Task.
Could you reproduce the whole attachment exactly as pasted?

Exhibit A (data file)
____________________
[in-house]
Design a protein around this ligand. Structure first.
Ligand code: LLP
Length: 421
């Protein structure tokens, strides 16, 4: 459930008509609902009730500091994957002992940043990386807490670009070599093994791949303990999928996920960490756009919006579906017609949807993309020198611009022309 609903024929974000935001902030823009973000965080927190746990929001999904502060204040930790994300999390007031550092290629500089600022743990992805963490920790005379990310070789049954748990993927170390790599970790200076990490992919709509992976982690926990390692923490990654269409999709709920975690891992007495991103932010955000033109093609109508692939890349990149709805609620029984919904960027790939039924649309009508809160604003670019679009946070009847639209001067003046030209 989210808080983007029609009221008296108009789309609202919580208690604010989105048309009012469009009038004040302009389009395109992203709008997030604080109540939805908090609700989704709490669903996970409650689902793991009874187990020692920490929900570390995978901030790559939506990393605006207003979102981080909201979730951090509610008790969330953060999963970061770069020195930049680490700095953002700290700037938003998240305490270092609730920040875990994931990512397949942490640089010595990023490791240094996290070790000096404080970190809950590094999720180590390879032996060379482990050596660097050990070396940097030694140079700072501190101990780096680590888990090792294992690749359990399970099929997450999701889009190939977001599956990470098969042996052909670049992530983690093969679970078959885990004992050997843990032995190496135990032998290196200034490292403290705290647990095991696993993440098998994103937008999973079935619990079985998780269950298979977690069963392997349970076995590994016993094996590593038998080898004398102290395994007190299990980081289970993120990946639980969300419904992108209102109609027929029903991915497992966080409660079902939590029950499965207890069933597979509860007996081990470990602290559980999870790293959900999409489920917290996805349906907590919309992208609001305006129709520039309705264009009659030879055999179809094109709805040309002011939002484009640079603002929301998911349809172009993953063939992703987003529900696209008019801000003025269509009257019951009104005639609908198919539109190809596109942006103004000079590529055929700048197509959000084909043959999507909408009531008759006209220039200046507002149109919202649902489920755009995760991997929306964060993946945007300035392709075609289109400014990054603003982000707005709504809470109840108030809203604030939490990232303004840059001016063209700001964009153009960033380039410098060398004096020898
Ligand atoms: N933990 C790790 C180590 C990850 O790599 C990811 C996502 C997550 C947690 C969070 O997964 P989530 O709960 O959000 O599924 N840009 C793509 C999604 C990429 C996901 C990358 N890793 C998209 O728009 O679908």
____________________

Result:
[in-house]
Design a protein around this ligand. Structure first.
Ligand code: LLP
Length: 421
């Protein structure tokens, strides 16, 4: 459930008509609902009730500091994957002992940043990386807490670009070599093994791949303990999928996920960490756009919006579906017609949807993309020198611009022309 609903024929974000935001902030823009973000965080927190746990929001999904502060204040930790994300999390007031550092290629500089600022743990992805963490920790005379990310070789049954748990993927170390790599970790200076990490992919709509992976982690926990390692923490990654269409999709709920975690891992007495991103932010955000033109093609109508692939890349990149709805609620029984919904960027790939039924649309009508809160604003670019679009946070009847639209001067003046030209 989210808080983007029609009221008296108009789309609202919580208690604010989105048309009012469009009038004040302009389009395109992203709008997030604080109540939805908090609700989704709490669903996970409650689902793991009874187990020692920490929900570390995978901030790559939506990393605006207003979102981080909201979730951090509610008790969330953060999963970061770069020195930049680490700095953002700290700037938003998240305490270092609730920040875990994931990512397949942490640089010595990023490791240094996290070790000096404080970190809950590094999720180590390879032996060379482990050596660097050990070396940097030694140079700072501190101990780096680590888990090792294992690749359990399970099929997450999701889009190939977001599956990470098969042996052909670049992530983690093969679970078959885990004992050997843990032995190496135990032998290196200034490292403290705290647990095991696993993440098998994103937008999973079935619990079985998780269950298979977690069963392997349970076995590994016993094996590593038998080898004398102290395994007190299990980081289970993120990946639980969300419904992108209102109609027929029903991915497992966080409660079902939590029950499965207890069933597979509860007996081990470990602290559980999870790293959900999409489920917290996805349906907590919309992208609001305006129709520039309705264009009659030879055999179809094109709805040309002011939002484009640079603002929301998911349809172009993953063939992703987003529900696209008019801000003025269509009257019951009104005639609908198919539109190809596109942006103004000079590529055929700048197509959000084909043959999507909408009531008759006209220039200046507002149109919202649902489920755009995760991997929306964060993946945007300035392709075609289109400014990054603003982000707005709504809470109840108030809203604030939490990232303004840059001016063209700001964009153009960033380039410098060398004096020898
Ligand atoms: N933990 C790790 C180590 C990850 O790599 C990811 C996502 C997550 C947690 C969070 O997964 P989530 O709960 O959000 O599924 N840009 C793509 C999604 C990429 C996901 C990358 N890793 C998209 O728009 O679908």